The administration is moving forward with a rule that would encourage shelters to reject transgender people.
Twenty-three state attorneys general have signed a letter opposing a Trump administration rule that would encourage single-sex shelters to shut out transgender and gender-nonconforming people.
The U.S. Department of Housing and Urban Development recently proposed a rule that would gut Obama-era nondiscrimination protections for transgender people at single-sex shelters. The Obama administration rule requires single-sex shelters that receive HUD funding to place and accommodate people experiencing homelessness in accordance with their gender identity.
Under the proposed Trump administration rule, self-identification wouldn't be part of defining gender identity; definition would simply be based on "actual or perceived gender-related characteristics."
The proposed rule refers to examples of how shelters can decide someone does not belong to the sex they say they do, including a person's Adam's apple, their height, and their facial hair.
State attorneys general wrote a scathing letter to HUD Secretary Ben Carson this week regarding the proposal, which may be finalized in the coming weeks.
"The Proposed Rule inflicts substantial, needless harm upon transgender and gender nonconforming individuals and should be withdrawn in its entirety," they wrote. "... [It] undermines HUD's mission to ensure 'that its policies and programs serve as models for equal housing opportunity,' will result in the exclusion of transgender and gender nonconforming persons from shelters, and will expose countless individuals to unnecessary risk."
Transgender and nonbinary adults are more likely to experience unsheltered homelessness than cisgender adults, according to the National Alliance to End Homelessness. One in eight respondents said they had been homeless in the past year, according to the 2015 U.S. Trans Survey published by the National Center for Transgender Equality.
The state attorneys general noted in their letter this week the proposed requirement that people rejected from single-sex shelters be referred to another shelter was highly problematic. In many rural and suburban areas, they said, there are few options for people seeking shelters within a reasonable distance.
The rule will "inevitably result in the displacement of transgender and gender nonconforming persons across the country," they said, including from areas where they have established relationships, employment, and social service providers.
When the department moved forward with the proposed rule in July, Carson suggested that the issue was one of safety. "This important update will empower shelter providers to set policies that align with their missions, like safeguarding victims of domestic violence or human trafficking," he stated.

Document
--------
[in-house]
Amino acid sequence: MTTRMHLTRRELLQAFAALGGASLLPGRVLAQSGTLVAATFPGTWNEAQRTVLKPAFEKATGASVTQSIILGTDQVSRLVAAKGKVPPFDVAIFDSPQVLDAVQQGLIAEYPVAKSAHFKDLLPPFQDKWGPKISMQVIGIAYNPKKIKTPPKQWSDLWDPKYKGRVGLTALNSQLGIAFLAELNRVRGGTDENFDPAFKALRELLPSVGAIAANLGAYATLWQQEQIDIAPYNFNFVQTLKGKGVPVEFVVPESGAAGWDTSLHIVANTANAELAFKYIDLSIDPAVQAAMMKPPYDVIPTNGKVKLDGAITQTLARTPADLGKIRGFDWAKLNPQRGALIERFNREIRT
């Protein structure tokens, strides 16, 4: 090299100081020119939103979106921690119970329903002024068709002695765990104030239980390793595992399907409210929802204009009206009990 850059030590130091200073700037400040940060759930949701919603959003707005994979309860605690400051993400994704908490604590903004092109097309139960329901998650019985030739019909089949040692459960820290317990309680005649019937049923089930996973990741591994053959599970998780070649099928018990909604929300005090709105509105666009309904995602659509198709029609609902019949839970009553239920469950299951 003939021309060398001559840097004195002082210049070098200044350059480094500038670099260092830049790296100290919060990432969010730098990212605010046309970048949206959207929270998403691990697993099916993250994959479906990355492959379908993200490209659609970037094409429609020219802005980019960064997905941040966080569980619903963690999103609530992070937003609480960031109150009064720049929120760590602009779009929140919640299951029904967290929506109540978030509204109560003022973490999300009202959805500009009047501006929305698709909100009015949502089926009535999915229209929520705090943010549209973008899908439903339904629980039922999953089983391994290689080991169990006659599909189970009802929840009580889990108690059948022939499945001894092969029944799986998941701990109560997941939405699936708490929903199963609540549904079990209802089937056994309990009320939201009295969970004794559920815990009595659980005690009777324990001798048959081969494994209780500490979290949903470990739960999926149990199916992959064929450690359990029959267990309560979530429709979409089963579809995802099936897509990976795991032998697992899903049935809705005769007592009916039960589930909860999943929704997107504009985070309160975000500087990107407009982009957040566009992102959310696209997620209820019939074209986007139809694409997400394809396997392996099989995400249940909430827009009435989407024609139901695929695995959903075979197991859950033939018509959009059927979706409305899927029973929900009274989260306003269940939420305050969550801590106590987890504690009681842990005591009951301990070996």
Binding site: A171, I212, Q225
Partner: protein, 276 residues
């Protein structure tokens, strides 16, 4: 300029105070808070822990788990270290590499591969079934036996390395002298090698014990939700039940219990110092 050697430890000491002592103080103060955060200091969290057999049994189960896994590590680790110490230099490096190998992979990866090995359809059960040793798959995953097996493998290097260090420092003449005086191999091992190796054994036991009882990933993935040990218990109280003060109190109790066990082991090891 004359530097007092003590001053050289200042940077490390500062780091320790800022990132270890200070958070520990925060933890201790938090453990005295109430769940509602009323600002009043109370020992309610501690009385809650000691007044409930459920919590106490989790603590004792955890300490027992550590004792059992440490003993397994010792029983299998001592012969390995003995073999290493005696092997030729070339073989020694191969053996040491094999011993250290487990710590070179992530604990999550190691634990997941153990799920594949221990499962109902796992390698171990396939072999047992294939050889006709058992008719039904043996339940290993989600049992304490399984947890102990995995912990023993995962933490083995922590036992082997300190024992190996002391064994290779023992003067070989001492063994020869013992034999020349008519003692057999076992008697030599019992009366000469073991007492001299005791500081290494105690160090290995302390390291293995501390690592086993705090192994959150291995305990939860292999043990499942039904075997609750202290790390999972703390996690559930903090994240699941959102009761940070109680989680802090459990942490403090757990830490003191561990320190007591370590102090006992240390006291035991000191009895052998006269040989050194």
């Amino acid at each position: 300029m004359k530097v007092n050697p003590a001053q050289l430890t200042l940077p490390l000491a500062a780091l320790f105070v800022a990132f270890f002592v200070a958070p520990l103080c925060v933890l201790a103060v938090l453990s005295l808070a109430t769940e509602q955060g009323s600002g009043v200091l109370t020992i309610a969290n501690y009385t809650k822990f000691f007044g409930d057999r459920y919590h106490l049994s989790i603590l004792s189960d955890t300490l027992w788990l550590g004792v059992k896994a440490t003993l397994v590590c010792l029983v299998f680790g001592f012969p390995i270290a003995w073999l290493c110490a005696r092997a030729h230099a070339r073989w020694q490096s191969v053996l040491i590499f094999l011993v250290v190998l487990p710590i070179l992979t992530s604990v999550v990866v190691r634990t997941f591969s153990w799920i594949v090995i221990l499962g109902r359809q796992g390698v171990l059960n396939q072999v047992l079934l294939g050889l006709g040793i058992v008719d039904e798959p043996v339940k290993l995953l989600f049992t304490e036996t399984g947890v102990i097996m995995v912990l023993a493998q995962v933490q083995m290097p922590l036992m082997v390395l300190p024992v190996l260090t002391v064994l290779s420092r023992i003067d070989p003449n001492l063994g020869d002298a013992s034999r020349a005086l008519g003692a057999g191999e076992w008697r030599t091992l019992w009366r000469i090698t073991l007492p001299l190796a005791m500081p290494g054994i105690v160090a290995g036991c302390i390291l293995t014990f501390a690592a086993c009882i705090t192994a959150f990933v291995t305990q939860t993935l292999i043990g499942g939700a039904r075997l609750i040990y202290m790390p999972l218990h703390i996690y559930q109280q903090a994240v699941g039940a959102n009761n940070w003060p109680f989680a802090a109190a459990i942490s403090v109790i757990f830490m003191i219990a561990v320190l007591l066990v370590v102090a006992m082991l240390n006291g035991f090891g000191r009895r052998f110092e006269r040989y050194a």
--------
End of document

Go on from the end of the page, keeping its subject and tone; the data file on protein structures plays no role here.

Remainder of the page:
Carson also reportedly said last year that he didn't know the difference between men and women anymore and thought "big, hairy men" may get inside homeless shelters for women unless prevented.
In their letter this week, the attorneys general said there was "no evidence" that transgender and gender nonconforming people posed "any additional risk or trauma to others in shelters as a result of their gender identity."
Rescinding the Obama-era protections without evidence or justification would violate a law called the Administrative Procedure Act, they wrote. In two-thirds of the cases where federal judges have ruled against the Trump administration, the administration has been accused of violating this law, according to the Washington Post.
LGBTQ groups have spoken out strongly against the proposed rule.
Meghan Maury, policy director of the National LGBTQ Task Force, said in July that the rule exposes "Carson and Trump's transphobic views" and "is riddled with misunderstandings of the law and functional impossibilities."
"The proposed rule violates HUD's own statements about whether shelters are 'housing' under the Fair Housing Act, is embarrassingly inaccurate in its interpretation of 'perceived gender' in state law, and even seems to misunderstand foundational concepts of discrimination," they said in a statement.
The Center for American Progress' LGBTQ research and communications project also had harsh words about the rule. "Not only will this encourage discrimination against transgender people, but it will also lead to discrimination against anyone who does not conform to the shelter operator's stereotypes of what men and women look like," they said.
Transgender people are already struggling to support themselves and stay safe during the pandemic. According to data released by the Human Rights Campaign and PSB Research earlier this month, the LGBTQ community, and transgender people in particular, continue to face extreme hurdles as states reopen.
Since states began reopening in late May, transgender people were 125% more likely to experience a reduction in work hours compared to the general population, the research showed. A Williams Institute study released in April also found that hundreds of thousands of transgender adults are particularly vulnerable to serious illness from COVID-19, compounding their struggles further.
Published with permission of The American Independent Foundation.